“There’s nothing sadder than the tender-hearted grief of a monster.”
After drawing blood from the neck of his favorite horror story writer (John Carradine), a vampire (Vincent Price) takes Carradine to a disco club for monsters, where he explains various types of monster-hybrids by telling the following three tales: a “shadmock” (James Laurenson) hires a beautiful woman (Barbara Kellerman) as his secretary, and is heartbroken when she allows her abusive boyfriend (Simon Ward) to bully her into theft; the son (Warren Saire) of a vampire (Richard Johnson) and human (Britt Ekland) is shadowed by a local constable (Donald Pleasence) hoping to drive a stake into Johnson’s heart; and a filmmaker (Stuart Whitman) scouting locations for his next horror movie stumbles into a village of ghouls, including a sympathetic “humegoo” (Lesley Dunlop) who tries to help him escape.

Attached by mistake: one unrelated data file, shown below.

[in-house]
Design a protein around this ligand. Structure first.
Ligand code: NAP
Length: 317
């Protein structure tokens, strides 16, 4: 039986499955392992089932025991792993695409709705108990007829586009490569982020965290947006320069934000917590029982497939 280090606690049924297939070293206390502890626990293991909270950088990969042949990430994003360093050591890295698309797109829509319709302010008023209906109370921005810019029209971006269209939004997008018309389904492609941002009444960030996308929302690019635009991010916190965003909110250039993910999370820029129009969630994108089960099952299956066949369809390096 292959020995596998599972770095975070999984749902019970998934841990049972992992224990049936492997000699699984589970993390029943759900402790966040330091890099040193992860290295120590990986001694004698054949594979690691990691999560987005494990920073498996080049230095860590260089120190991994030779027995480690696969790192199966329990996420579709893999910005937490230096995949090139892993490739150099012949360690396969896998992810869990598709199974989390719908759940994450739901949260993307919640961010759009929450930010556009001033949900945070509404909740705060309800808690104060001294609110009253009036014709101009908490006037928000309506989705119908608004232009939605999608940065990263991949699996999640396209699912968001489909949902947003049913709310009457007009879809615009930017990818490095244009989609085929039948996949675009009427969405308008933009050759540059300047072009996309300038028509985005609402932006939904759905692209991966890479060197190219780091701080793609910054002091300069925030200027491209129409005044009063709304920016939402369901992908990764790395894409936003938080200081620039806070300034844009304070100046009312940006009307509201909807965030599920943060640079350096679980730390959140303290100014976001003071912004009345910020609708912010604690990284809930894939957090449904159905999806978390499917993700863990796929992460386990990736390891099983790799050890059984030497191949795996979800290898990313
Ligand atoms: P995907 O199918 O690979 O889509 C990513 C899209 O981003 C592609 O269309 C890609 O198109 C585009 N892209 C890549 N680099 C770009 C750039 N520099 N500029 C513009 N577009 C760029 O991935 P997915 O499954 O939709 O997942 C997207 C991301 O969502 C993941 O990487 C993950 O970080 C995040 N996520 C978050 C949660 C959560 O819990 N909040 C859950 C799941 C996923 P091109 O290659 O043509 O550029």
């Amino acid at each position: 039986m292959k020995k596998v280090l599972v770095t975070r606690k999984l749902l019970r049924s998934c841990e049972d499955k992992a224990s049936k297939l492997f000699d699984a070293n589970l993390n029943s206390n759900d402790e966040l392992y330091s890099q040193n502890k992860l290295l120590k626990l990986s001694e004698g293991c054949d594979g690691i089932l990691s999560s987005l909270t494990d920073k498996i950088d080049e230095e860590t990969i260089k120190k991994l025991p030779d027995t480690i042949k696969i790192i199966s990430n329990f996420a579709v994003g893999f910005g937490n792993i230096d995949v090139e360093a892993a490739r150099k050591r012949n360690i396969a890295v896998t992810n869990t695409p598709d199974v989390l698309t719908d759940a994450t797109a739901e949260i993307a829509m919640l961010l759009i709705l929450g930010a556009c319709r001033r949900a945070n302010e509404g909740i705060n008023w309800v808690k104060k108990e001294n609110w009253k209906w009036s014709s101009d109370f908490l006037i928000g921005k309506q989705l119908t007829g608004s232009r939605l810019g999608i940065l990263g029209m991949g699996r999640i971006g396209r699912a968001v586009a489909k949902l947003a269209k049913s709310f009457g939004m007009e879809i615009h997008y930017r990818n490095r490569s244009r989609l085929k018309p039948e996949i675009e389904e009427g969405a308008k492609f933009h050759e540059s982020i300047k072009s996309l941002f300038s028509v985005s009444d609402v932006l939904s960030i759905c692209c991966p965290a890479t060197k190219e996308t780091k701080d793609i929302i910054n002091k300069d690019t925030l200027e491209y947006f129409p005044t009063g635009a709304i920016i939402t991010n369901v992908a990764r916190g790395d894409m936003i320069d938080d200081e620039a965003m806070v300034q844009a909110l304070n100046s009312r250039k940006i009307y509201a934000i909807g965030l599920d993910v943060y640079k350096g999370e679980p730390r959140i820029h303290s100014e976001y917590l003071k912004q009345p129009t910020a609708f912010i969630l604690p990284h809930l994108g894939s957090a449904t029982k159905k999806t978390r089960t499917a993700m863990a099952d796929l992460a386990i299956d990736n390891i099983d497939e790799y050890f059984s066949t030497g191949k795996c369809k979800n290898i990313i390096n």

Genres, Themes, Actors, and Directors:
- Britt Ekland Films
- Donald Pleasence Films
- Episodic Films
- Horror Films
- John Carradine Films
- Roy Ward Baker Films
- Vincent Price Films
This affectionate homage to Hammer Studios’ episodic horror films such as Dr. Terror’s House of Horrors (1965) is decidedly hit-and-miss, but beloved by those who remember it with nostalgia from their early 1980s childhoods and appreciate seeing cinematic icons Price and Carradine together on screen. The first and third stories told by Price are reasonably spooky, with director Roy Ward Baker managing to evoke some empathy for their monster-protagonists. Unfortunately, all scenes showing musical interludes at the “Monster Club” are pretty atrocious, as are the costumes of the club’s attendees.
Redeeming Qualities and Moments:
- John Carradine and Vincent Price
- Good use of comic/cartoon passages
- Some spooky, atmospherically filmed sequences
No, though Hammer Films fans may have some nostalgia for it — and I think Price fans will also be curious to check it out once. Listed as a Sleeper in the back of Peary’s book.